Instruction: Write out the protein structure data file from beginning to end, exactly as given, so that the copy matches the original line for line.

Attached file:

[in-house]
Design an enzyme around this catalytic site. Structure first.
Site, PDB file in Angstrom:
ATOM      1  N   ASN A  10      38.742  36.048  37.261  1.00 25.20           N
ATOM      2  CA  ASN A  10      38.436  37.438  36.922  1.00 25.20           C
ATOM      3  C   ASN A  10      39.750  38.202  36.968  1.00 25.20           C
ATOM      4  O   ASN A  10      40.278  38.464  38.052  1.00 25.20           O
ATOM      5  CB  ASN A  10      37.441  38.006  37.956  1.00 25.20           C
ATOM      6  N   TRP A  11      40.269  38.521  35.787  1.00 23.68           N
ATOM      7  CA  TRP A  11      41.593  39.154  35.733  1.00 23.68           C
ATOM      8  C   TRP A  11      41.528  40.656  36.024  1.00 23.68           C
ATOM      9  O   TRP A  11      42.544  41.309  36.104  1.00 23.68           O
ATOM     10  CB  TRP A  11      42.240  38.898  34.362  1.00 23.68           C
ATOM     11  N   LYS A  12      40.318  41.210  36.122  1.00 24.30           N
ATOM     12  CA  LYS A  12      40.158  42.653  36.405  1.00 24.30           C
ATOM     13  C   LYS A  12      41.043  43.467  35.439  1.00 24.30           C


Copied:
[in-house]
Design an enzyme around this catalytic site. Structure first.
Site, PDB file in Angstrom:
ATOM      1  N   ASN A  10      38.742  36.048  37.261  1.00 25.20           N
ATOM      2  CA  ASN A  10      38.436  37.438  36.922  1.00 25.20           C
ATOM      3  C   ASN A  10      39.750  38.202  36.968  1.00 25.20           C
ATOM      4  O   ASN A  10      40.278  38.464  38.052  1.00 25.20           O
ATOM      5  CB  ASN A  10      37.441  38.006  37.956  1.00 25.20           C
ATOM      6  N   TRP A  11      40.269  38.521  35.787  1.00 23.68           N
ATOM      7  CA  TRP A  11      41.593  39.154  35.733  1.00 23.68           C
ATOM      8  C   TRP A  11      41.528  40.656  36.024  1.00 23.68           C
ATOM      9  O   TRP A  11      42.544  41.309  36.104  1.00 23.68           O
ATOM     10  CB  TRP A  11      42.240  38.898  34.362  1.00 23.68           C
ATOM     11  N   LYS A  12      40.318  41.210  36.122  1.00 24.30           N
ATOM     12  CA  LYS A  12      40.158  42.653  36.405  1.00 24.30           C
ATOM     13  C   LYS A  12      41.043  43.467  35.439  1.00 24.30           C